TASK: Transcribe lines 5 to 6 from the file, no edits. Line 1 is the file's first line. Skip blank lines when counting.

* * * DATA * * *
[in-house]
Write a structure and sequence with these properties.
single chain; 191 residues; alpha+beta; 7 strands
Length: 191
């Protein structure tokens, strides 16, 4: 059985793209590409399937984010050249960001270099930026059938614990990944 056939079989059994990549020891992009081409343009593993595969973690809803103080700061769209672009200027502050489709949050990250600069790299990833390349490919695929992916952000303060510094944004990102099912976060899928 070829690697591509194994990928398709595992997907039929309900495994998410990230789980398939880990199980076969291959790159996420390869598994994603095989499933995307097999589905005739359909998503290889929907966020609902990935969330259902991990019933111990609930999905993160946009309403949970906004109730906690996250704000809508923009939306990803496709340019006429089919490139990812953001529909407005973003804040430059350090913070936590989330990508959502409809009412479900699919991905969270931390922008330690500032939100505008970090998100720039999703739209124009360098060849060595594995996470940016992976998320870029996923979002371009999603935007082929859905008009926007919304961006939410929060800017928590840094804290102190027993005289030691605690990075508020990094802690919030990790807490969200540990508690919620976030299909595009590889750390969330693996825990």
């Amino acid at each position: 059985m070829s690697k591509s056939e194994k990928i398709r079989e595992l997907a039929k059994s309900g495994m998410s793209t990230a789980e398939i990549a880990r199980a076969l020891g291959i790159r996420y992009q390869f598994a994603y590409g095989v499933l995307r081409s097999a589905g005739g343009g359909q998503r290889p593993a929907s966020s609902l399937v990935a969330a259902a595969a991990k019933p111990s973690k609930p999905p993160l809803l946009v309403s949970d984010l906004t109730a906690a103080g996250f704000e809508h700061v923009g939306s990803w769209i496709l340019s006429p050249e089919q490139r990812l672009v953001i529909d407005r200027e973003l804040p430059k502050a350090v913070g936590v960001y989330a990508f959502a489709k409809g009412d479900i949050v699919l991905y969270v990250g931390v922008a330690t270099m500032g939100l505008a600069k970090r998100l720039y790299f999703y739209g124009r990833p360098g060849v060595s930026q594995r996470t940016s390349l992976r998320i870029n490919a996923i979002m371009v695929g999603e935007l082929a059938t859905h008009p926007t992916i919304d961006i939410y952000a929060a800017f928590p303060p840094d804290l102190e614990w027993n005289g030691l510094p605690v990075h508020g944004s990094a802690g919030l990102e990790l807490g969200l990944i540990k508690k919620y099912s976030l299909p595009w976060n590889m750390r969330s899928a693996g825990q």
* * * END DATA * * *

């Protein structure tokens, strides 16, 4: 059985793209590409399937984010050249960001270099930026059938614990990944 056939079989059994990549020891992009081409343009593993595969973690809803103080700061769209672009200027502050489709949050990250600069790299990833390349490919695929992916952000303060510094944004990102099912976060899928 070829690697591509194994990928398709595992997907039929309900495994998410990230789980398939880990199980076969291959790159996420390869598994994603095989499933995307097999589905005739359909998503290889929907966020609902990935969330259902991990019933111990609930999905993160946009309403949970906004109730906690996250704000809508923009939306990803496709340019006429089919490139990812953001529909407005973003804040430059350090913070936590989330990508959502409809009412479900699919991905969270931390922008330690500032939100505008970090998100720039999703739209124009360098060849060595594995996470940016992976998320870029996923979002371009999603935007082929859905008009926007919304961006939410929060800017928590840094804290102190027993005289030691605690990075508020990094802690919030990790807490969200540990508690919620976030299909595009590889750390969330693996825990």
């Amino acid at each position: 059985m070829s690697k591509s056939e194994k990928i398709r079989e595992l997907a039929k059994s309900g495994m998410s793209t990230a789980e398939i990549a880990r199980a076969l020891g291959i790159r996420y992009q390869f598994a994603y590409g095989v499933l995307r081409s097999a589905g005739g343009g359909q998503r290889p593993a929907s966020s609902l399937v990935a969330a259902a595969a991990k019933p111990s973690k609930p999905p993160l809803l946009v309403s949970d984010l906004t109730a906690a103080g996250f704000e809508h700061v923009g939306s990803w769209i496709l340019s006429p050249e089919q490139r990812l672009v953001i529909d407005r200027e973003l804040p430059k502050a350090v913070g936590v960001y989330a990508f959502a489709k409809g009412d479900i949050v699919l991905y969270v990250g931390v922008a330690t270099m500032g939100l505008a600069k970090r998100l720039y790299f999703y739209g124009r990833p360098g060849v060595s930026q594995r996470t940016s390349l992976r998320i870029n490919a996923i979002m371009v695929g999603e935007l082929a059938t859905h008009p926007t992916i919304d961006i939410y952000a929060a800017f928590p303060p840094d804290l102190e614990w027993n005289g030691l510094p605690v990075h508020g944004s990094a802690g919030l990102e990790l807490g969200l990944i540990k508690k919620y099912s976030l299909p595009w976060n590889m750390r969330s899928a693996g825990q």